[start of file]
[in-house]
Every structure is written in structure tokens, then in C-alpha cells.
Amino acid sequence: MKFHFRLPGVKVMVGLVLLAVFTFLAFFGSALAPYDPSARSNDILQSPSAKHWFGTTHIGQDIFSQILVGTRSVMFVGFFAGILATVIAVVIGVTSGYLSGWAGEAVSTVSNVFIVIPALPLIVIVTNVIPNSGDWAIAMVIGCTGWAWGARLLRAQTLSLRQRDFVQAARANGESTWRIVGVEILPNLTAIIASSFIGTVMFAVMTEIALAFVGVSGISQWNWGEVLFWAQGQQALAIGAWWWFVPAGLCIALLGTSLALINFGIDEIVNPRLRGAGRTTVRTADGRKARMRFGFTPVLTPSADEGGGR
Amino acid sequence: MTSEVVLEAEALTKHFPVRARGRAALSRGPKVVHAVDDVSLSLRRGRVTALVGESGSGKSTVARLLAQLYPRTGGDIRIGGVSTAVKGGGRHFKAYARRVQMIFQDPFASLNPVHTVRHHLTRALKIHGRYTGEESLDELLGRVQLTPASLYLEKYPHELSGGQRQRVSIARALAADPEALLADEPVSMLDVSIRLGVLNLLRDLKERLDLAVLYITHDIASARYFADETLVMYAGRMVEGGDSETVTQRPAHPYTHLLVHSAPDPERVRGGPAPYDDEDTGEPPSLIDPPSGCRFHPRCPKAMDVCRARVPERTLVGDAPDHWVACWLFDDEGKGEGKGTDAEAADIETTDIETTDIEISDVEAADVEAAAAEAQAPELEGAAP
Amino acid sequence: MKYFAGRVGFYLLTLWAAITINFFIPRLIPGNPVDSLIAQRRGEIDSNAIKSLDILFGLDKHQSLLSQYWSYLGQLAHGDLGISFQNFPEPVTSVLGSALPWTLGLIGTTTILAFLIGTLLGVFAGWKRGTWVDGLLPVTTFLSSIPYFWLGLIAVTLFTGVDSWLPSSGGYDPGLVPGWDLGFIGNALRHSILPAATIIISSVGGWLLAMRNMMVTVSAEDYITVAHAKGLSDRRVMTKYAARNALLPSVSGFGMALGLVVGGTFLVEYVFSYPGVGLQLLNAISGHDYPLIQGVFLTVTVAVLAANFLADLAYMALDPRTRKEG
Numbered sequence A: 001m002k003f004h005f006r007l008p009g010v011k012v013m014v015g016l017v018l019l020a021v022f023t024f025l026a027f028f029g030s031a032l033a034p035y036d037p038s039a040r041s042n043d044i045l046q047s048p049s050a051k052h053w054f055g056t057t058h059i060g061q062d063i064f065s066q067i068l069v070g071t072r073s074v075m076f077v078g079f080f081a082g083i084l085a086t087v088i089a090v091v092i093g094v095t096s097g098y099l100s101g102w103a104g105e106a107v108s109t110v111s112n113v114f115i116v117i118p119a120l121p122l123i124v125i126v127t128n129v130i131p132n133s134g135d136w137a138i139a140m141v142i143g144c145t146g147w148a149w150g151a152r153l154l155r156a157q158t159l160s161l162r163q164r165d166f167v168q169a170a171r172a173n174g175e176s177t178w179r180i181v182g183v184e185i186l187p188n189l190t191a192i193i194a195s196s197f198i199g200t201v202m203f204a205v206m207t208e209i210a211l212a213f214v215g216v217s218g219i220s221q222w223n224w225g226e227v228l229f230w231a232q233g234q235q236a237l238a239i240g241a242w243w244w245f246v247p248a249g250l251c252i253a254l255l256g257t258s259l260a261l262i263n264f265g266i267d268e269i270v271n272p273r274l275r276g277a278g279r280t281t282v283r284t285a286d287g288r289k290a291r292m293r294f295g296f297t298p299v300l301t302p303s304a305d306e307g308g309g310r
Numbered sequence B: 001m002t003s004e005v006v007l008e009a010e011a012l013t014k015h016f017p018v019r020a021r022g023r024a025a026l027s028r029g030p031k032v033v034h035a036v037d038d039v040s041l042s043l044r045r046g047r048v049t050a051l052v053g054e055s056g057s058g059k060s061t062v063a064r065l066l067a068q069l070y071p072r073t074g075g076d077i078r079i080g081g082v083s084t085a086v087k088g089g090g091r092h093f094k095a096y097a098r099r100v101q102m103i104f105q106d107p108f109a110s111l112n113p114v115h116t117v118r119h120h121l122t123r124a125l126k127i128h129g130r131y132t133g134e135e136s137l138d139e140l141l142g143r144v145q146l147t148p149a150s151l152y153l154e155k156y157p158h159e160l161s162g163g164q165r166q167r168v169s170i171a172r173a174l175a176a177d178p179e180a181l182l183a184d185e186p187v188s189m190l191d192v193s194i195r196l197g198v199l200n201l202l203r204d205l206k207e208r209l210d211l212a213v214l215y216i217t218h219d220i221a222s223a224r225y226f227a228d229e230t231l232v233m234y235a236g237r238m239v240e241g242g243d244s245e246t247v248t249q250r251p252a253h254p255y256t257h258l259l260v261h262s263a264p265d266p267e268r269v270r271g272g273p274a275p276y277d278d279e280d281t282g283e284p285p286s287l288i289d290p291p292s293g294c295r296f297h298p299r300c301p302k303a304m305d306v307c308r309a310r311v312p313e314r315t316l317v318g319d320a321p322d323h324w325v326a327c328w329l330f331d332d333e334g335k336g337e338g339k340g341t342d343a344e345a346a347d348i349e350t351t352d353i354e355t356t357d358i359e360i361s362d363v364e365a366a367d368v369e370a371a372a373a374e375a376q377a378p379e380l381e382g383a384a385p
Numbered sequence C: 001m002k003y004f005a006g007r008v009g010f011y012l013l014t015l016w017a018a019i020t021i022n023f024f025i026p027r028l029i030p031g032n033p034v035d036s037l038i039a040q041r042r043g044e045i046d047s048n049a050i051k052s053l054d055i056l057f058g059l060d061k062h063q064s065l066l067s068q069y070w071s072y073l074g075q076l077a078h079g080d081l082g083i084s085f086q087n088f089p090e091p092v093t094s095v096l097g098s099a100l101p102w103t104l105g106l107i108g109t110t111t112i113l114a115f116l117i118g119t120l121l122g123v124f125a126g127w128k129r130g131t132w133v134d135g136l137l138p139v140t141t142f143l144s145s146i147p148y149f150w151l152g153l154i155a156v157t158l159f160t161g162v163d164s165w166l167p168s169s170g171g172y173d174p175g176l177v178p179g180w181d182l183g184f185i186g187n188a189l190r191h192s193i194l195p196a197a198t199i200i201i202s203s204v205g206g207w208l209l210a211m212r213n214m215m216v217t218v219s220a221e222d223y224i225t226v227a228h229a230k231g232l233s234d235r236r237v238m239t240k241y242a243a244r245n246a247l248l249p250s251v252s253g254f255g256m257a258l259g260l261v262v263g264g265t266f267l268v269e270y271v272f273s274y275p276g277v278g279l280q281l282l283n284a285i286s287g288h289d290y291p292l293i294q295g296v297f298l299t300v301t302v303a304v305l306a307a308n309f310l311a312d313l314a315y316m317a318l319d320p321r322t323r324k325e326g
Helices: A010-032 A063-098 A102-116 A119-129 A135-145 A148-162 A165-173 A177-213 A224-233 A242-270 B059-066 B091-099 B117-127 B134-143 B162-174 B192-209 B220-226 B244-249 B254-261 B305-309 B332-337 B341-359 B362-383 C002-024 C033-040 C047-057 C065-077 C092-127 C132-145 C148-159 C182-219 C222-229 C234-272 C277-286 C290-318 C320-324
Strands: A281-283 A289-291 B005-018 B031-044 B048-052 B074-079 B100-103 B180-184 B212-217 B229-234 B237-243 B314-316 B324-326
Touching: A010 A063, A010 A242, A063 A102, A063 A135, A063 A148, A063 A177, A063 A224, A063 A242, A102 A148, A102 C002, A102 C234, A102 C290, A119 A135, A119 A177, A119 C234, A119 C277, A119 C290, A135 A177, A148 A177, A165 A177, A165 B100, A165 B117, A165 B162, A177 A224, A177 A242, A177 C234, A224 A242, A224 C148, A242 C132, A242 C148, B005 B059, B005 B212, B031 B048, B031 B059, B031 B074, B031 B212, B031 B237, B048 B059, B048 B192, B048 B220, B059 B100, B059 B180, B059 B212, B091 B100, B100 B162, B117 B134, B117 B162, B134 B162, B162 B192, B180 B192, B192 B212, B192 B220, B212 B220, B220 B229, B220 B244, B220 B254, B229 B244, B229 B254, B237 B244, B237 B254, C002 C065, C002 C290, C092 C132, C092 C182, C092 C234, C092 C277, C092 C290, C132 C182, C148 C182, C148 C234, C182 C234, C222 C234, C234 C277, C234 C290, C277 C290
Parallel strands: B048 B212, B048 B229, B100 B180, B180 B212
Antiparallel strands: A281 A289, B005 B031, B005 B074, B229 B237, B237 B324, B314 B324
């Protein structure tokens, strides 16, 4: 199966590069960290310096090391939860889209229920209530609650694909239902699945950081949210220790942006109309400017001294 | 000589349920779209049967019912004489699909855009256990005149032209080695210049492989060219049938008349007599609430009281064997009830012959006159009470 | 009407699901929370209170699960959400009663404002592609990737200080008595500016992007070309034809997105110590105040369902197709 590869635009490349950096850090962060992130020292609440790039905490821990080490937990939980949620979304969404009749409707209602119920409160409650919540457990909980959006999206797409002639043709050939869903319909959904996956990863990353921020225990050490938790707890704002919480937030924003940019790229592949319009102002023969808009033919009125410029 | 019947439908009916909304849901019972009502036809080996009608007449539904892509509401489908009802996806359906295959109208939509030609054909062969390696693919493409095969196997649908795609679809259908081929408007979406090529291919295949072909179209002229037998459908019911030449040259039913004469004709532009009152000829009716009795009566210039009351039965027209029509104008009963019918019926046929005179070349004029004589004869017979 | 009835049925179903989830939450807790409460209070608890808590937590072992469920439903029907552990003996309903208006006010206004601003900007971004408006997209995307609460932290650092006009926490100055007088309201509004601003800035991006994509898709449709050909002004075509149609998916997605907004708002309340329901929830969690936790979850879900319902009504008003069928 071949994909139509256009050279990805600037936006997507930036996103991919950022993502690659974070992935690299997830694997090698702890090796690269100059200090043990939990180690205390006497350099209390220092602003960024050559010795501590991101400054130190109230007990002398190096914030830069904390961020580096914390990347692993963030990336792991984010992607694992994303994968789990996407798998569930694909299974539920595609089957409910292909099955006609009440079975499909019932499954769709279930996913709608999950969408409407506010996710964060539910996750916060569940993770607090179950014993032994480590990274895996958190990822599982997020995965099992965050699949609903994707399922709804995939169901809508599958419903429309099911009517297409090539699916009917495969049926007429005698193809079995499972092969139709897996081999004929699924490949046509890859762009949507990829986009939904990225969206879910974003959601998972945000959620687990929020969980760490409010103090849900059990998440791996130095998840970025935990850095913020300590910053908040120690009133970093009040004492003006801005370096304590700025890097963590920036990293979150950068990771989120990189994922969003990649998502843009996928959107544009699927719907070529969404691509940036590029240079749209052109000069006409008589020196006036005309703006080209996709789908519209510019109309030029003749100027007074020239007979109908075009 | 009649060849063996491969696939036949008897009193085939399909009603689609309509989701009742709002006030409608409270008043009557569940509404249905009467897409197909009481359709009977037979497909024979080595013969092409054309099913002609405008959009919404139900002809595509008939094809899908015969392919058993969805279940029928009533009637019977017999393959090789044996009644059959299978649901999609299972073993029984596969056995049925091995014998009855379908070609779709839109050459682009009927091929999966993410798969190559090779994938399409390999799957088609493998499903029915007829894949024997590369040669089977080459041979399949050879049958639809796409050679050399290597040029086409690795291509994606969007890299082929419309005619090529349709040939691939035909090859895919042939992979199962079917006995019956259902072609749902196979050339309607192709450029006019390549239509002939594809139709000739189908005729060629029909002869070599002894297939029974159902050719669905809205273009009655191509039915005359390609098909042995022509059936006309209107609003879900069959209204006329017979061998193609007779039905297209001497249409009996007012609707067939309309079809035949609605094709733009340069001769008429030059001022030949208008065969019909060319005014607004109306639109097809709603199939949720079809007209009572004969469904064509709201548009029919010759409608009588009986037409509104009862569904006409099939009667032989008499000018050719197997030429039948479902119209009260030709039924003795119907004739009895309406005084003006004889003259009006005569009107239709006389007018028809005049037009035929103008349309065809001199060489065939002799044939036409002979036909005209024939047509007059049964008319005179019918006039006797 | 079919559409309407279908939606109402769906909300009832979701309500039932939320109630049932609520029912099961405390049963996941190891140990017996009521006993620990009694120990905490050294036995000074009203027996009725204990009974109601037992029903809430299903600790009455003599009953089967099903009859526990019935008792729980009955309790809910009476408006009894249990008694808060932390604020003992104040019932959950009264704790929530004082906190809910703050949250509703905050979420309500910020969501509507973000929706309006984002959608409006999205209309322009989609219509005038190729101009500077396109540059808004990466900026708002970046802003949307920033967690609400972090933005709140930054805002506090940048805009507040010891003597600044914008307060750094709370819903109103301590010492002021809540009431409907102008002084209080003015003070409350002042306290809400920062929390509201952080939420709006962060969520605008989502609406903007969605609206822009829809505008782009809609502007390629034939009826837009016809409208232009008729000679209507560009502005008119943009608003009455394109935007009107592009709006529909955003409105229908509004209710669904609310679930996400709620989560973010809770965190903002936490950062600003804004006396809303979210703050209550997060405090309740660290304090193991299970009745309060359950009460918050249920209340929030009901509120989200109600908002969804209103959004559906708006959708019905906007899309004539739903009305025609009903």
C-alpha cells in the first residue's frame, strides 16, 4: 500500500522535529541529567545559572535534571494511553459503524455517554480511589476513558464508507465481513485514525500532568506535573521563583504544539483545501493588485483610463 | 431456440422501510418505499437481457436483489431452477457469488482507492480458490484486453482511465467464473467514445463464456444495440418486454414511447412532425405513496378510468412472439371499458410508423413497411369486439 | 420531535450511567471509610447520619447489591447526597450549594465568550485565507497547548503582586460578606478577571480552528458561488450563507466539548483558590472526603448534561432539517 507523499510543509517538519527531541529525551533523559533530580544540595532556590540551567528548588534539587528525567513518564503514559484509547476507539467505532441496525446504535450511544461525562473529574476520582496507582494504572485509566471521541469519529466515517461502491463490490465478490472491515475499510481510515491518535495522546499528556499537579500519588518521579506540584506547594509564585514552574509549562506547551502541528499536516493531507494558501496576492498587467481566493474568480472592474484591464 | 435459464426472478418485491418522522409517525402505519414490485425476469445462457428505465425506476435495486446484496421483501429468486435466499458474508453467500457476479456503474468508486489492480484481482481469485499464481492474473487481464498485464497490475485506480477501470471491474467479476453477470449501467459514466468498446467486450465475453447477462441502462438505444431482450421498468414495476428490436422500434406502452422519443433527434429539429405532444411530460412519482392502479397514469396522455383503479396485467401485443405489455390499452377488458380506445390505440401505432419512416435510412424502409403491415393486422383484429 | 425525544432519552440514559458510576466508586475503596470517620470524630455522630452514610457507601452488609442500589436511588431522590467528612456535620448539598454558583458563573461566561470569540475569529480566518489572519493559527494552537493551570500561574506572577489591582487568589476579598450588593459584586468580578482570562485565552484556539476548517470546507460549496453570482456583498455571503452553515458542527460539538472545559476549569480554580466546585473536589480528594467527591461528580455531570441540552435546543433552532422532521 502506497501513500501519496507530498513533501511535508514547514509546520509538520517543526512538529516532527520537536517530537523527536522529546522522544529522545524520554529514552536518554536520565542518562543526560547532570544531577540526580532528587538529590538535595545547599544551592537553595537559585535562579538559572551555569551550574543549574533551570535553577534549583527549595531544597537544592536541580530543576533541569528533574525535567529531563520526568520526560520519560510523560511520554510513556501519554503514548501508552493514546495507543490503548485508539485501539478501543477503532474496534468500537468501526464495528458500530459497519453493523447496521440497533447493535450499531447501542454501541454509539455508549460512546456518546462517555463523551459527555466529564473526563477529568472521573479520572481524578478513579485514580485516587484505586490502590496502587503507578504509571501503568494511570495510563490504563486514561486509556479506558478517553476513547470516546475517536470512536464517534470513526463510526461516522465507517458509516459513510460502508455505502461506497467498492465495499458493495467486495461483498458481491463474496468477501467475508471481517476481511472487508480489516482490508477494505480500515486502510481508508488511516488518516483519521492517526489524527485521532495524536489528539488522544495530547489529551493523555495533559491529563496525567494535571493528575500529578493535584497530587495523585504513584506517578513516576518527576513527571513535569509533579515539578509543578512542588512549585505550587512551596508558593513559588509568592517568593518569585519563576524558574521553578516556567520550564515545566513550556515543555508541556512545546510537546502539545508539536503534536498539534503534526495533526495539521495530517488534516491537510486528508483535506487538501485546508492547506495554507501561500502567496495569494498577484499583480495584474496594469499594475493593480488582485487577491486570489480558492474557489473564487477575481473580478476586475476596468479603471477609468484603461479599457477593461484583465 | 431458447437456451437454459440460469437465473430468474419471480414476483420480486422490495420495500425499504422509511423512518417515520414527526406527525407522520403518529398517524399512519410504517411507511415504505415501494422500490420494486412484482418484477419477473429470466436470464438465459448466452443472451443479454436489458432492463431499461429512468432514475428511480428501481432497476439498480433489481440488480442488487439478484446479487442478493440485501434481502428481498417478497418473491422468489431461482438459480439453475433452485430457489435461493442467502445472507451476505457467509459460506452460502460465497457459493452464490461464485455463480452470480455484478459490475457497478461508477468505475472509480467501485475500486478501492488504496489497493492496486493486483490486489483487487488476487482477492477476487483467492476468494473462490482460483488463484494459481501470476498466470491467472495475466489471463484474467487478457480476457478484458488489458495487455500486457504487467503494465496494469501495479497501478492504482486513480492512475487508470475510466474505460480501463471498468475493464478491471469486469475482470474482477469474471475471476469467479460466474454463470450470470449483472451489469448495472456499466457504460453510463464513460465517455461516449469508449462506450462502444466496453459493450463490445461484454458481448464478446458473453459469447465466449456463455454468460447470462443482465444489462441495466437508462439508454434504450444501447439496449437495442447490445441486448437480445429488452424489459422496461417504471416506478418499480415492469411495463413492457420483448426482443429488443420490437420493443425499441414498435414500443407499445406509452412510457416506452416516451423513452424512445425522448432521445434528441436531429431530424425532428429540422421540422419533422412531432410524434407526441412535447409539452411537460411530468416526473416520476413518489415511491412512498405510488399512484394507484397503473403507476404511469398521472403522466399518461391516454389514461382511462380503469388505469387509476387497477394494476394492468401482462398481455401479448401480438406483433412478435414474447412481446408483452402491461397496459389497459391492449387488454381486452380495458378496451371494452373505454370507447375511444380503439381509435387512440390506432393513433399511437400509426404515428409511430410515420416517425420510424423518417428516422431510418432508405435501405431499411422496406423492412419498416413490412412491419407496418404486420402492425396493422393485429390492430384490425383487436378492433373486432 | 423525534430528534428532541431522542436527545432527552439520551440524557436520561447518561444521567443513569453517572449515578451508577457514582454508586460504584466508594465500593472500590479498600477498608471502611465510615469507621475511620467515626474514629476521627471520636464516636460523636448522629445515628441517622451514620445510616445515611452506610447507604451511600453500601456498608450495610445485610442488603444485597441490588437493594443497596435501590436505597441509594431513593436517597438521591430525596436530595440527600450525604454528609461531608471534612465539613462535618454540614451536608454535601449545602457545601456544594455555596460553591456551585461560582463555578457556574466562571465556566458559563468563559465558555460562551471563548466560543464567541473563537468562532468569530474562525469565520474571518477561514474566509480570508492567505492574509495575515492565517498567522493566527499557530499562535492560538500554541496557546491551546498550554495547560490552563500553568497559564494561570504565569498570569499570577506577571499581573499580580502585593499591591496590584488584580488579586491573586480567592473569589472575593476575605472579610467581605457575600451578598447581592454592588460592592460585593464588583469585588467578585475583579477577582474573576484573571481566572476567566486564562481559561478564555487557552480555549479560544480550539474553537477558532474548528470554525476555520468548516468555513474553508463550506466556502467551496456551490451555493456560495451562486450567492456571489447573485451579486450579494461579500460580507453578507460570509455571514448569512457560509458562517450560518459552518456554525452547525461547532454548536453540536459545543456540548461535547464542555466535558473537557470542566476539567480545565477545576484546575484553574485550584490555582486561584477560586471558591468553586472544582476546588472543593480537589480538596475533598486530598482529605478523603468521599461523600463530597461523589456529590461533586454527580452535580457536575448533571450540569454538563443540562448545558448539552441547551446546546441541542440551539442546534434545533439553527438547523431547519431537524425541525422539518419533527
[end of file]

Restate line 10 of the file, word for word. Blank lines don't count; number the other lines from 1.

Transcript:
Strands: A281-283 A289-291 B005-018 B031-044 B048-052 B074-079 B100-103 B180-184 B212-217 B229-234 B237-243 B314-316 B324-326